The cynic in me believes that no presidents want to admit defeat, even if it’s a war they didn’t start. Trump being least likely to do so.
I think the generals feel a sense of responsibility for any progress that has been made in Afghanistan. Schools, hospitals, etc… I think there are real relationships and friendships that they’ve built with the local friendlies. They justifiably don’t want to abandon them to the wolves of Taliban knowing that the Afghan government will not be able to defend the hard fought progress made to date.
Sure. To the extent the example of ISIS is helpful, it’s through very loose metaphor. But you might just as well observe that when you remove good guys with guns from a place, the bad guys will have more freedom for some period of time.
That’s true, of course, but it’s not very helpful in thinking through the actual consequences, short- and long-term, of withdrawal of U.S. forces from Afghanistan.
I follow events in the region, but I don’t consider myself especially well-informed. So I don’t have strong views. I am highly skeptical about the theory that we can tamp down on violence and disorder while political order has a chance to establish itself. Any political order established in an arbitrary equilibrium maintained by force seems unlikely to be a stable order. And it certainly doesn’t seem likely to work with just a few more years of fighting. But those are just my priors, and not views based on careful consideration of the arguments made by experts.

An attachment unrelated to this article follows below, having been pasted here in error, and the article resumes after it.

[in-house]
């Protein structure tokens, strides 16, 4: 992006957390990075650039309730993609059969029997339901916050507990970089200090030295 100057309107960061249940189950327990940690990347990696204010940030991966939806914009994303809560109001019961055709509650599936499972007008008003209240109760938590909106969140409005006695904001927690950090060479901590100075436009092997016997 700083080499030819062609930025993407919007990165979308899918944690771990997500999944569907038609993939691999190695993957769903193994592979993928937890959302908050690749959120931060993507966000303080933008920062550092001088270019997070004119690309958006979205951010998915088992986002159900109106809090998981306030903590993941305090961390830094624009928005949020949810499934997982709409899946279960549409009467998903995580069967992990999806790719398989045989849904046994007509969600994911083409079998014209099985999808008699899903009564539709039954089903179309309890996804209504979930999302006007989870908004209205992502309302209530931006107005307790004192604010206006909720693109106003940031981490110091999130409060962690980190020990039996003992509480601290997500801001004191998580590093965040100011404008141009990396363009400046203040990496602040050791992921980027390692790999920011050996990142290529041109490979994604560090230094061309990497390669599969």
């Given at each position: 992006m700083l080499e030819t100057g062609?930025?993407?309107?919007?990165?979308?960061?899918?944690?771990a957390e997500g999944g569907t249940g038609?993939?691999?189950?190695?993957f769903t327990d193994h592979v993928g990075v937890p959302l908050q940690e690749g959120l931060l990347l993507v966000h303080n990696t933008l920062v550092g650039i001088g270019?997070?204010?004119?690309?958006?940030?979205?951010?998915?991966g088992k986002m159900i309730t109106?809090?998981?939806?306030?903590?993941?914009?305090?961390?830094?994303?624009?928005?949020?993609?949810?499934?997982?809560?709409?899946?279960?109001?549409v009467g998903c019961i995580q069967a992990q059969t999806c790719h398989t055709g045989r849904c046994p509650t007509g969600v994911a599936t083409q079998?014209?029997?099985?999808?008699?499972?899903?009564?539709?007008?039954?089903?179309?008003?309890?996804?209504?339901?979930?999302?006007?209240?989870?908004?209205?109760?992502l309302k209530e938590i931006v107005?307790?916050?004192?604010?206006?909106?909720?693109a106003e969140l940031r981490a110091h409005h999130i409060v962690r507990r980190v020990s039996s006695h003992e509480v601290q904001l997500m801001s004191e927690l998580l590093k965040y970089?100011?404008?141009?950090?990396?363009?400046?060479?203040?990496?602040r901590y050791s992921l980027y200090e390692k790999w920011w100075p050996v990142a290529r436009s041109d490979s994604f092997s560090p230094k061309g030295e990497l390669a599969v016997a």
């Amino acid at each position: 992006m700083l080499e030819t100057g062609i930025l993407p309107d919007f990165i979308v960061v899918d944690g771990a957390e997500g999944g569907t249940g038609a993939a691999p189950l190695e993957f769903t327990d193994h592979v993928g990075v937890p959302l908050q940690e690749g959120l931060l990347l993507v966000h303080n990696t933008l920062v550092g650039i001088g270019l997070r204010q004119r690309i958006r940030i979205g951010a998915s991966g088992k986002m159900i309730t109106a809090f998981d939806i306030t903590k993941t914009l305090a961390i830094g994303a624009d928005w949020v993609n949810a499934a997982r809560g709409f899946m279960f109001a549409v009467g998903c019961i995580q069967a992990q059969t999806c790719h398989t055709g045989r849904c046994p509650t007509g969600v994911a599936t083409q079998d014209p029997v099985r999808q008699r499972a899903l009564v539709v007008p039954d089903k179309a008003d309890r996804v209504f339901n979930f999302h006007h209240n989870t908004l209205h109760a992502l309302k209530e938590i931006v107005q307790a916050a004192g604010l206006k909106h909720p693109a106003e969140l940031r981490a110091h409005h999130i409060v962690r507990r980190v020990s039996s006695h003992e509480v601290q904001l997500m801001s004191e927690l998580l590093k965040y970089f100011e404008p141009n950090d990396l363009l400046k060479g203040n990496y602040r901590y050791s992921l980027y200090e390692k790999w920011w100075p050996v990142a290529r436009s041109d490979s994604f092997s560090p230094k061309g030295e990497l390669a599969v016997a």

I know very little about Afghanistan, so I’ll just say that in general terms the options are probably the following three:
Leave, but expect to go back every once in a while, take out a few dictators, and hope that eventually the country decides to modernize on its own.
Leave, let it rot.
I’d say that not doing any of those three is, fundamentally, a waste of time. If you want to do #1, then just take control of the country and run it like a colony until its up to snuff. Anything much less and, again, you’re just wasting time. You’re not going to achieve anything more than you would through option 2, and option 2 is cheaper.
Option 3 is almost certainly never going to happen. You might think it will, but eventually you’re going to fly in and take out some dictators. Bleeding hearts are going to force you into option 1 or 2 no matter what.
Personally, I’m a fan of nation building if you can get away with it. The main problem is that usually there’s no good excuse and the world looks unfavorably on conquering foreign states (reasonably so). If we’re basically keeping the country running anyways, then just suck it up and own the puppy.